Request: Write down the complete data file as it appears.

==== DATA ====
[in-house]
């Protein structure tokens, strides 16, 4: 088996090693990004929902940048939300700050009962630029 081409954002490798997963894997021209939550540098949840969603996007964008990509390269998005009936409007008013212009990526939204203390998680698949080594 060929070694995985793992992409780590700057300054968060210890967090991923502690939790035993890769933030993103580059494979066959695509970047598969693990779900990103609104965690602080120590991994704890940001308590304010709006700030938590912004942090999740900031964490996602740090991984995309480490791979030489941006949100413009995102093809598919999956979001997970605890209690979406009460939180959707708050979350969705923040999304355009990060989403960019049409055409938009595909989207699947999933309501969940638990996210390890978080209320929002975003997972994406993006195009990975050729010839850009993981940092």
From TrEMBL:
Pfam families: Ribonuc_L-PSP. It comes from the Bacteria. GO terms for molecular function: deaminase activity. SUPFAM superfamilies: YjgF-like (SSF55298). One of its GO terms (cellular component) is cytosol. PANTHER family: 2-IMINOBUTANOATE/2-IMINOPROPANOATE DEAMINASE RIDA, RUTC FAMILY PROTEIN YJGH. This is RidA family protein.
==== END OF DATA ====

[in-house]
């Protein structure tokens, strides 16, 4: 088996090693990004929902940048939300700050009962630029 081409954002490798997963894997021209939550540098949840969603996007964008990509390269998005009936409007008013212009990526939204203390998680698949080594 060929070694995985793992992409780590700057300054968060210890967090991923502690939790035993890769933030993103580059494979066959695509970047598969693990779900990103609104965690602080120590991994704890940001308590304010709006700030938590912004942090999740900031964490996602740090991984995309480490791979030489941006949100413009995102093809598919999956979001997970605890209690979406009460939180959707708050979350969705923040999304355009990060989403960019049409055409938009595909989207699947999933309501969940638990996210390890978080209320929002975003997972994406993006195009990975050729010839850009993981940092």
From TrEMBL:
Pfam families: Ribonuc_L-PSP. It comes from the Bacteria. GO terms for molecular function: deaminase activity. SUPFAM superfamilies: YjgF-like (SSF55298). One of its GO terms (cellular component) is cytosol. PANTHER family: 2-IMINOBUTANOATE/2-IMINOPROPANOATE DEAMINASE RIDA, RUTC FAMILY PROTEIN YJGH. This is RidA family protein.